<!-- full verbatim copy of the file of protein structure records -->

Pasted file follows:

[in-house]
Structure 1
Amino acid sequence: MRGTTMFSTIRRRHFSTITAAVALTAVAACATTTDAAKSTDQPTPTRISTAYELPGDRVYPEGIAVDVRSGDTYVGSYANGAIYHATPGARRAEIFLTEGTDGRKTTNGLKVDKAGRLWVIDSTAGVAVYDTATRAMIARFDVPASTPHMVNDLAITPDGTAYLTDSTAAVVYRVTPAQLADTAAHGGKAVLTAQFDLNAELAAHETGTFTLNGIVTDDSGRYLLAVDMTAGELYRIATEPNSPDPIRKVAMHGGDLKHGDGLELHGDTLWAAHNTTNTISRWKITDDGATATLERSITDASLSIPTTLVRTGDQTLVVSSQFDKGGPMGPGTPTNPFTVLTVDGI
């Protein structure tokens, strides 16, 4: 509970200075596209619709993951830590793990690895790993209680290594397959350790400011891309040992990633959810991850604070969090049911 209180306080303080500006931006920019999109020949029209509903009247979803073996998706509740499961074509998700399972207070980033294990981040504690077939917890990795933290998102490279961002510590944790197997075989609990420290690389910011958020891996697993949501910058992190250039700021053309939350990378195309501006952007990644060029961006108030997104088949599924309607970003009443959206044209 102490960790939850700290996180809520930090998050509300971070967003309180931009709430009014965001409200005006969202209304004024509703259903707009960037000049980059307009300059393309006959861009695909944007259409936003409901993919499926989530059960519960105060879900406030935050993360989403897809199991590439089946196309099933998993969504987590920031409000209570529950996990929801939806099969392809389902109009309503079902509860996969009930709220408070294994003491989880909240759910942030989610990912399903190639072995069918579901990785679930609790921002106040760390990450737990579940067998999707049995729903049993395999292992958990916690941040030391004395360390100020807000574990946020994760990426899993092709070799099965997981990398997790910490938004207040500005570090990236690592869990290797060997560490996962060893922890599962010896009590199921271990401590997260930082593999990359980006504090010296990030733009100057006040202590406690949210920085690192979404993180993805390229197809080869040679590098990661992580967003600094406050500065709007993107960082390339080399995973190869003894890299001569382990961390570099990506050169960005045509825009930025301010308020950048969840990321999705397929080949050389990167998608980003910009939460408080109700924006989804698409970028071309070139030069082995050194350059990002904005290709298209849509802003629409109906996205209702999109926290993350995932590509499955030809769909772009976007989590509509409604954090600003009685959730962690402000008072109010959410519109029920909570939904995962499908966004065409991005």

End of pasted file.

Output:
[in-house]
Structure 1
Amino acid sequence: MRGTTMFSTIRRRHFSTITAAVALTAVAACATTTDAAKSTDQPTPTRISTAYELPGDRVYPEGIAVDVRSGDTYVGSYANGAIYHATPGARRAEIFLTEGTDGRKTTNGLKVDKAGRLWVIDSTAGVAVYDTATRAMIARFDVPASTPHMVNDLAITPDGTAYLTDSTAAVVYRVTPAQLADTAAHGGKAVLTAQFDLNAELAAHETGTFTLNGIVTDDSGRYLLAVDMTAGELYRIATEPNSPDPIRKVAMHGGDLKHGDGLELHGDTLWAAHNTTNTISRWKITDDGATATLERSITDASLSIPTTLVRTGDQTLVVSSQFDKGGPMGPGTPTNPFTVLTVDGI
């Protein structure tokens, strides 16, 4: 509970200075596209619709993951830590793990690895790993209680290594397959350790400011891309040992990633959810991850604070969090049911 209180306080303080500006931006920019999109020949029209509903009247979803073996998706509740499961074509998700399972207070980033294990981040504690077939917890990795933290998102490279961002510590944790197997075989609990420290690389910011958020891996697993949501910058992190250039700021053309939350990378195309501006952007990644060029961006108030997104088949599924309607970003009443959206044209 102490960790939850700290996180809520930090998050509300971070967003309180931009709430009014965001409200005006969202209304004024509703259903707009960037000049980059307009300059393309006959861009695909944007259409936003409901993919499926989530059960519960105060879900406030935050993360989403897809199991590439089946196309099933998993969504987590920031409000209570529950996990929801939806099969392809389902109009309503079902509860996969009930709220408070294994003491989880909240759910942030989610990912399903190639072995069918579901990785679930609790921002106040760390990450737990579940067998999707049995729903049993395999292992958990916690941040030391004395360390100020807000574990946020994760990426899993092709070799099965997981990398997790910490938004207040500005570090990236690592869990290797060997560490996962060893922890599962010896009590199921271990401590997260930082593999990359980006504090010296990030733009100057006040202590406690949210920085690192979404993180993805390229197809080869040679590098990661992580967003600094406050500065709007993107960082390339080399995973190869003894890299001569382990961390570099990506050169960005045509825009930025301010308020950048969840990321999705397929080949050389990167998608980003910009939460408080109700924006989804698409970028071309070139030069082995050194350059990002904005290709298209849509802003629409109906996205209702999109926290993350995932590509499955030809769909772009976007989590509509409604954090600003009685959730962690402000008072109010959410519109029920909570939904995962499908966004065409991005």